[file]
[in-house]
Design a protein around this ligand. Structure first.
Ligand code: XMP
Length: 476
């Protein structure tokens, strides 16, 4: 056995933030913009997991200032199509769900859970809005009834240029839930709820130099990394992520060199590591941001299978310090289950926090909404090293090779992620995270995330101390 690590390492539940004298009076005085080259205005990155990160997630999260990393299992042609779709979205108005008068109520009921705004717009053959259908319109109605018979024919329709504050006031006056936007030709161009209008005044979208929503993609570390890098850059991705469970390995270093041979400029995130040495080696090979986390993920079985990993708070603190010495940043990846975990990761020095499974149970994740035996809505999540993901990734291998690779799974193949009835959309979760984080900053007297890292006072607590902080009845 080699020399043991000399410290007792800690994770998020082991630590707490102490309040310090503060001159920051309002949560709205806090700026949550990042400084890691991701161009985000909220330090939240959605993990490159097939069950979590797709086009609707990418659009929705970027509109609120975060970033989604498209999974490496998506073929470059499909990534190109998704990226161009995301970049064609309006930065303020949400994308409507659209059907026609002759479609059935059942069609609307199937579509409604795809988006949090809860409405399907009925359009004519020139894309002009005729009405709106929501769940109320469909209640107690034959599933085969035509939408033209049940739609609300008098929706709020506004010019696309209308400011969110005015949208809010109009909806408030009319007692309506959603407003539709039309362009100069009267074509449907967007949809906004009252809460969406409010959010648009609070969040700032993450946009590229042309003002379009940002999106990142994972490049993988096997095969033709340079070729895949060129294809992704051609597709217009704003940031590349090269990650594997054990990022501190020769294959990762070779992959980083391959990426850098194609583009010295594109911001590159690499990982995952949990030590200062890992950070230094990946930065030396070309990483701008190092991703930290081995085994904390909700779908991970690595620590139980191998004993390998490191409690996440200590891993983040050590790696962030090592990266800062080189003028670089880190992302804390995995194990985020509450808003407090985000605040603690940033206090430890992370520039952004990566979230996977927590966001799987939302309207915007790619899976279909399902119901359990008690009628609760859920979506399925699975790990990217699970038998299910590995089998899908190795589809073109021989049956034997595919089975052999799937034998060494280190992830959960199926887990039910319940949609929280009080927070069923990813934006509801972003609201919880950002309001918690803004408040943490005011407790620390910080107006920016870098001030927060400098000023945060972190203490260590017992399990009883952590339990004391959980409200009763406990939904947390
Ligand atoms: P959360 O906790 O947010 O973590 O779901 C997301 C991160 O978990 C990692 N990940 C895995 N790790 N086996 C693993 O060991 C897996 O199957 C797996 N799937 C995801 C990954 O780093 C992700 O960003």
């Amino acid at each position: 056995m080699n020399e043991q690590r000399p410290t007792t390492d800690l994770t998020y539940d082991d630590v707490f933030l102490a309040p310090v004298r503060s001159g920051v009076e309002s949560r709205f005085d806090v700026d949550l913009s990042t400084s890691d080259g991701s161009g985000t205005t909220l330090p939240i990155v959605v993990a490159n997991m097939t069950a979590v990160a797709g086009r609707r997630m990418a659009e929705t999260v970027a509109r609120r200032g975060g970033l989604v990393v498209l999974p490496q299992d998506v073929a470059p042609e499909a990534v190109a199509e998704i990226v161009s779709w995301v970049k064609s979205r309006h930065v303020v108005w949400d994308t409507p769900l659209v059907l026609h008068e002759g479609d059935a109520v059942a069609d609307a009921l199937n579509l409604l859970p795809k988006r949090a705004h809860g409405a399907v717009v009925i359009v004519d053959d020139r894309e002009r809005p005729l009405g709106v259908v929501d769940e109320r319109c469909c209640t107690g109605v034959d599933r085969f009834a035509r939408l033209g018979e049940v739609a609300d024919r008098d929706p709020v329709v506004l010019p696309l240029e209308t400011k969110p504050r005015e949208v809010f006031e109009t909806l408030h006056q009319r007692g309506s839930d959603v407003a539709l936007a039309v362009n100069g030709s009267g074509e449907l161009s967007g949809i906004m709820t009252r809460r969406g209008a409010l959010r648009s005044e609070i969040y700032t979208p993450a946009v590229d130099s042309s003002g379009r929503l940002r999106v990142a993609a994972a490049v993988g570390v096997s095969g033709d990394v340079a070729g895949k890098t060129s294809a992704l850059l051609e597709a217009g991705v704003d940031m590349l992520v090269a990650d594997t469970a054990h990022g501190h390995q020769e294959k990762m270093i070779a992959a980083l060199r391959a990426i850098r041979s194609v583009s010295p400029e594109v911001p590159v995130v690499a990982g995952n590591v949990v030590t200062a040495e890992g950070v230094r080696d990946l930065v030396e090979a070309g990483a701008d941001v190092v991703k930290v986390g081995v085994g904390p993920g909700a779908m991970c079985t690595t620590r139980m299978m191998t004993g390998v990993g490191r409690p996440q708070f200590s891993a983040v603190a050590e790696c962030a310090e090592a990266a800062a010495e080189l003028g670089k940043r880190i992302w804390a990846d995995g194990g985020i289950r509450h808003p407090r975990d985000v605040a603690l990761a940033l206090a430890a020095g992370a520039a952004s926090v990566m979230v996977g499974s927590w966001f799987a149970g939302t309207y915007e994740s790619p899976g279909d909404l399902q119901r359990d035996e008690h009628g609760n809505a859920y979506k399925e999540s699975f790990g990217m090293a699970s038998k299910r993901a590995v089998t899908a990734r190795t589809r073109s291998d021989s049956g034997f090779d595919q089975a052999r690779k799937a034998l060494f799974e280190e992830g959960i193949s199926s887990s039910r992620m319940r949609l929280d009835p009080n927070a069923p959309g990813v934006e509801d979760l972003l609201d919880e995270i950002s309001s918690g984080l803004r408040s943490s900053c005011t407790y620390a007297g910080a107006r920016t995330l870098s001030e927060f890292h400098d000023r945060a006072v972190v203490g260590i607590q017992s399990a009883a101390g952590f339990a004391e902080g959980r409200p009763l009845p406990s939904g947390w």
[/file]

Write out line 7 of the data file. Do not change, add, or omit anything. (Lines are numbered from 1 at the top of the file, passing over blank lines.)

């Amino acid at each position: 056995m080699n020399e043991q690590r000399p410290t007792t390492d800690l994770t998020y539940d082991d630590v707490f933030l102490a309040p310090v004298r503060s001159g920051v009076e309002s949560r709205f005085d806090v700026d949550l913009s990042t400084s890691d080259g991701s161009g985000t205005t909220l330090p939240i990155v959605v993990a490159n997991m097939t069950a979590v990160a797709g086009r609707r997630m990418a659009e929705t999260v970027a509109r609120r200032g975060g970033l989604v990393v498209l999974p490496q299992d998506v073929a470059p042609e499909a990534v190109a199509e998704i990226v161009s779709w995301v970049k064609s979205r309006h930065v303020v108005w949400d994308t409507p769900l659209v059907l026609h008068e002759g479609d059935a109520v059942a069609d609307a009921l199937n579509l409604l859970p795809k988006r949090a705004h809860g409405a399907v717009v009925i359009v004519d053959d020139r894309e002009r809005p005729l009405g709106v259908v929501d769940e109320r319109c469909c209640t107690g109605v034959d599933r085969f009834a035509r939408l033209g018979e049940v739609a609300d024919r008098d929706p709020v329709v506004l010019p696309l240029e209308t400011k969110p504050r005015e949208v809010f006031e109009t909806l408030h006056q009319r007692g309506s839930d959603v407003a539709l936007a039309v362009n100069g030709s009267g074509e449907l161009s967007g949809i906004m709820t009252r809460r969406g209008a409010l959010r648009s005044e609070i969040y700032t979208p993450a946009v590229d130099s042309s003002g379009r929503l940002r999106v990142a993609a994972a490049v993988g570390v096997s095969g033709d990394v340079a070729g895949k890098t060129s294809a992704l850059l051609e597709a217009g991705v704003d940031m590349l992520v090269a990650d594997t469970a054990h990022g501190h390995q020769e294959k990762m270093i070779a992959a980083l060199r391959a990426i850098r041979s194609v583009s010295p400029e594109v911001p590159v995130v690499a990982g995952n590591v949990v030590t200062a040495e890992g950070v230094r080696d990946l930065v030396e090979a070309g990483a701008d941001v190092v991703k930290v986390g081995v085994g904390p993920g909700a779908m991970c079985t690595t620590r139980m299978m191998t004993g390998v990993g490191r409690p996440q708070f200590s891993a983040v603190a050590e790696c962030a310090e090592a990266a800062a010495e080189l003028g670089k940043r880190i992302w804390a990846d995995g194990g985020i289950r509450h808003p407090r975990d985000v605040a603690l990761a940033l206090a430890a020095g992370a520039a952004s926090v990566m979230v996977g499974s927590w966001f799987a149970g939302t309207y915007e994740s790619p899976g279909d909404l399902q119901r359990d035996e008690h009628g609760n809505a859920y979506k399925e999540s699975f790990g990217m090293a699970s038998k299910r993901a590995v089998t899908a990734r190795t589809r073109s291998d021989s049956g034997f090779d595919q089975a052999r690779k799937a034998l060494f799974e280190e992830g959960i193949s199926s887990s039910r992620m319940r949609l929280d009835p009080n927070a069923p959309g990813v934006e509801d979760l972003l609201d919880e995270i950002s309001s918690g984080l803004r408040s943490s900053c005011t407790y620390a007297g910080a107006r920016t995330l870098s001030e927060f890292h400098d000023r945060a006072v972190v203490g260590i607590q017992s399990a009883a101390g952590f339990a004391e902080g959980r409200p009763l009845p406990s939904g947390w």